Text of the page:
6400

Enquiry about object: 6400

    Your First Name (required)

    Your Last Name (required)

    Your Email (required)

    Your Country (required)

    Your Message

    Indian Silver Pierced Crown, possibly for a Deity (Mukut)

    India
    early 20th century

    width: 24.5cm, height: 18.2cm, weight: 164g

    Available - Enquire

    Provenance

    private collection

    – scroll down to see further images –

    This silver panel to be attached to the head and worn on the forehead, probably was intended to decorate a Hindu deity, but also might have been worn by a groom on his wedding day.

    It is of a single sheet of silver that has been pierced and chased with scrolling floral motifs with peacocks on either side of a fan that crests the panel.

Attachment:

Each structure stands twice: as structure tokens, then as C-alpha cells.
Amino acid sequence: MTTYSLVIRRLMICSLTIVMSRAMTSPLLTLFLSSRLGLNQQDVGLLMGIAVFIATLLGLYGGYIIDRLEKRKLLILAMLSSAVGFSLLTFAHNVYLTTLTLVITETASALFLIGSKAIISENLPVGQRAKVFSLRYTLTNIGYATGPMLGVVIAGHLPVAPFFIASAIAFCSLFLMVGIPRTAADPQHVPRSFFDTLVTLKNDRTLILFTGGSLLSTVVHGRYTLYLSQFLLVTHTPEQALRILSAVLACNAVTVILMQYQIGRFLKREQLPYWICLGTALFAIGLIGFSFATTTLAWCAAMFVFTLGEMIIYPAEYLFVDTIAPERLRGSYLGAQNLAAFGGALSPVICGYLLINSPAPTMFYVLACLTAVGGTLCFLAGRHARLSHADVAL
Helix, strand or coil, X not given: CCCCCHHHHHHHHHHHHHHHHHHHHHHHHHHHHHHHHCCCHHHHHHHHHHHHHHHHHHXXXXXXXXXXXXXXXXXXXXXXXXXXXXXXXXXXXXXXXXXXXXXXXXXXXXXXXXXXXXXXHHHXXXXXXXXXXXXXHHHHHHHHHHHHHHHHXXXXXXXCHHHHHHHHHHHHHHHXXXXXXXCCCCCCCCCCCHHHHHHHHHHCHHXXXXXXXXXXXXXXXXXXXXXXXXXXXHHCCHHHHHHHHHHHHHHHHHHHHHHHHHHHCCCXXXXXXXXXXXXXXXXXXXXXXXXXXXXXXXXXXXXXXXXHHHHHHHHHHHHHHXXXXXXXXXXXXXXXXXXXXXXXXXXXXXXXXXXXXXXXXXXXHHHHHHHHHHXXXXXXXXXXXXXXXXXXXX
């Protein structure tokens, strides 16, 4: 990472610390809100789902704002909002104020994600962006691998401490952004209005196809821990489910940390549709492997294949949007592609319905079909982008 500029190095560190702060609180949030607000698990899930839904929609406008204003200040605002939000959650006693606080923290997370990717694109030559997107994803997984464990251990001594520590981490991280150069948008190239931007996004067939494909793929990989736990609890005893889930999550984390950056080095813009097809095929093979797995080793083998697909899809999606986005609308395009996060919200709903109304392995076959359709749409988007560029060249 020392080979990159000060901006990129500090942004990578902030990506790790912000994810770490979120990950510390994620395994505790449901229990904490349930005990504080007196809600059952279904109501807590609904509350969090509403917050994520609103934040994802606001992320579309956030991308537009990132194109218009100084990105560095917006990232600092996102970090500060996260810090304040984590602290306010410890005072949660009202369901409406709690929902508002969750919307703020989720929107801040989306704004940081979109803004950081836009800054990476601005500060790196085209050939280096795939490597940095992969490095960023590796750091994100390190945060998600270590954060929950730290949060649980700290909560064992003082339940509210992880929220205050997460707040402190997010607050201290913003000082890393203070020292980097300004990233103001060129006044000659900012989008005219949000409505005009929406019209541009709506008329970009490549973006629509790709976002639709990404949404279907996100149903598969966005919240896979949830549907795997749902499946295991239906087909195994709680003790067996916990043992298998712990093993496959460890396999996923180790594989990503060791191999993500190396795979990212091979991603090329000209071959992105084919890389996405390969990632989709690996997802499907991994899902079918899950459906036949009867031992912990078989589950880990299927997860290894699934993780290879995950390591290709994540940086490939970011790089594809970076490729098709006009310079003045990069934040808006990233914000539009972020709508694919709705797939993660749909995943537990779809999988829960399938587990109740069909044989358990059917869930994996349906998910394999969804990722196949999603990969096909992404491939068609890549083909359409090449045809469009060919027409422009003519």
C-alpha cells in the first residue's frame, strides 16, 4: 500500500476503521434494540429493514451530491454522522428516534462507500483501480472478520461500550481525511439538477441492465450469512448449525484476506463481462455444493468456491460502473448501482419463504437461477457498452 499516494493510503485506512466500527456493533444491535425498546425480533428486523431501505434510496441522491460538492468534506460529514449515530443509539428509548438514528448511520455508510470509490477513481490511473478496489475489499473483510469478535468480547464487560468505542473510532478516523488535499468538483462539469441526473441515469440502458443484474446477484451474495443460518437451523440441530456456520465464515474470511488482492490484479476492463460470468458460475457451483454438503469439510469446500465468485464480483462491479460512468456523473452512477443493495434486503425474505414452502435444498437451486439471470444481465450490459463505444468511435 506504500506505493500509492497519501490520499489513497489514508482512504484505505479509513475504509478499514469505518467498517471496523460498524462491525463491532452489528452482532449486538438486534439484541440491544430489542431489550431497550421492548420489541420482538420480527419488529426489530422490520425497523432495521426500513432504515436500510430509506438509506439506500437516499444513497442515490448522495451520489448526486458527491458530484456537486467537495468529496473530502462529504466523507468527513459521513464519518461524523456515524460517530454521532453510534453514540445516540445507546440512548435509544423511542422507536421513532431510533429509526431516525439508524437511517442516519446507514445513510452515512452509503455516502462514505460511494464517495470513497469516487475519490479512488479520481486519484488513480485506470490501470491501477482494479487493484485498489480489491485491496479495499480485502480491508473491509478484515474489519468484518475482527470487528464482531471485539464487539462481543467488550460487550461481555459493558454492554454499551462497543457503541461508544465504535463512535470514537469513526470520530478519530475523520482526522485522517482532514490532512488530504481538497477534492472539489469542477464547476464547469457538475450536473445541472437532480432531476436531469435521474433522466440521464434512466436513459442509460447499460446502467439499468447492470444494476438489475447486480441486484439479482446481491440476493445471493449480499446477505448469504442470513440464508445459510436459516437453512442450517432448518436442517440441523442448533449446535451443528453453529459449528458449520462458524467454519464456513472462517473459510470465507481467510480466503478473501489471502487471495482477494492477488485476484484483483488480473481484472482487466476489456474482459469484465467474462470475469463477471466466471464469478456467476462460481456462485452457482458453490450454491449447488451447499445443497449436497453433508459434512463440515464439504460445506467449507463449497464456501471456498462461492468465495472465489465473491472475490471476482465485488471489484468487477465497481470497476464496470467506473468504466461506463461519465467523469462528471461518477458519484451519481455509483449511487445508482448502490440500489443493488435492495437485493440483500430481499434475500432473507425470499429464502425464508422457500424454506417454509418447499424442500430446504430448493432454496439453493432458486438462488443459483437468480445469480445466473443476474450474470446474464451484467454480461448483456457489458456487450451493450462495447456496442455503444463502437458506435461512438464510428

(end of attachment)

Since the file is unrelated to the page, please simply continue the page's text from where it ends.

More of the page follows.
Crowns were worn by Hindu grooms at their weddings in keeping with the idea common across Asia that one is ‘royal’ for the day, on one’s wedding day.

    The panel is large and is obviously intended for a man, or for a large image. Indeed, such panels also were used to decorate statues of Krishna and other deities during temple festivities and processions.

    The panel has an eyelet on each side to allow it to be attached to a headdress or to an image. The reverse also has a thin central tube into which a peacock feather could be inserted adding further embellishment to the headdress.

    The panel is in excellent condition.

    References

    Terlinden, C., Mughal Silver Magnificence, Antalga, 1987.

    Dozens of items are added to our website each month. Be among the first to know about them.
     
    Sign up to our monthly catalogue